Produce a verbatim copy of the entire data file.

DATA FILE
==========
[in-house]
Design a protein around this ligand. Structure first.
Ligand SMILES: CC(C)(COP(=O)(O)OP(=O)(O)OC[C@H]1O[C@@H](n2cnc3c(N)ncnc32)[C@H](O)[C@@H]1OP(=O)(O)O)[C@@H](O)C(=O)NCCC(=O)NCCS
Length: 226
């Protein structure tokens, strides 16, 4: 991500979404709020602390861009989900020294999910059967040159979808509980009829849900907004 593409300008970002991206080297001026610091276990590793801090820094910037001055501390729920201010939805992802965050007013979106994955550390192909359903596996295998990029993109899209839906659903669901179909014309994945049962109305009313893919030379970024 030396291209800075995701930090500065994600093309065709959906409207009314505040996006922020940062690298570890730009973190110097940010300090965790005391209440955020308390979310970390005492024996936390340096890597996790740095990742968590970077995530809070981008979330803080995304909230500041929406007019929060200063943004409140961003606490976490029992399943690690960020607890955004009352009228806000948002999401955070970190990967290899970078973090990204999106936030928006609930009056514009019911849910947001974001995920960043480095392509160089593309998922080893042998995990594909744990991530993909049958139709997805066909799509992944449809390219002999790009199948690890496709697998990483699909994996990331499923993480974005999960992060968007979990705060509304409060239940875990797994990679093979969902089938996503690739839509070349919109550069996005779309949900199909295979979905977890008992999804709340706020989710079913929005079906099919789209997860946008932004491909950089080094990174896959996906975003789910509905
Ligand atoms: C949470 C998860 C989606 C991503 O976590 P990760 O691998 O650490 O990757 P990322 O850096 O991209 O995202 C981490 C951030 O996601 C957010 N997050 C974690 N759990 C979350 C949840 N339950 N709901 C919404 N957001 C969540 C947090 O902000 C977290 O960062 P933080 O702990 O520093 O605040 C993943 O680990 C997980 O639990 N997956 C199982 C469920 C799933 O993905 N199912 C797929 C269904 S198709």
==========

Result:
[in-house]
Design a protein around this ligand. Structure first.
Ligand SMILES: CC(C)(COP(=O)(O)OP(=O)(O)OC[C@H]1O[C@@H](n2cnc3c(N)ncnc32)[C@H](O)[C@@H]1OP(=O)(O)O)[C@@H](O)C(=O)NCCC(=O)NCCS
Length: 226
């Protein structure tokens, strides 16, 4: 991500979404709020602390861009989900020294999910059967040159979808509980009829849900907004 593409300008970002991206080297001026610091276990590793801090820094910037001055501390729920201010939805992802965050007013979106994955550390192909359903596996295998990029993109899209839906659903669901179909014309994945049962109305009313893919030379970024 030396291209800075995701930090500065994600093309065709959906409207009314505040996006922020940062690298570890730009973190110097940010300090965790005391209440955020308390979310970390005492024996936390340096890597996790740095990742968590970077995530809070981008979330803080995304909230500041929406007019929060200063943004409140961003606490976490029992399943690690960020607890955004009352009228806000948002999401955070970190990967290899970078973090990204999106936030928006609930009056514009019911849910947001974001995920960043480095392509160089593309998922080893042998995990594909744990991530993909049958139709997805066909799509992944449809390219002999790009199948690890496709697998990483699909994996990331499923993480974005999960992060968007979990705060509304409060239940875990797994990679093979969902089938996503690739839509070349919109550069996005779309949900199909295979979905977890008992999804709340706020989710079913929005079906099919789209997860946008932004491909950089080094990174896959996906975003789910509905
Ligand atoms: C949470 C998860 C989606 C991503 O976590 P990760 O691998 O650490 O990757 P990322 O850096 O991209 O995202 C981490 C951030 O996601 C957010 N997050 C974690 N759990 C979350 C949840 N339950 N709901 C919404 N957001 C969540 C947090 O902000 C977290 O960062 P933080 O702990 O520093 O605040 C993943 O680990 C997980 O639990 N997956 C199982 C469920 C799933 O993905 N199912 C797929 C269904 S198709």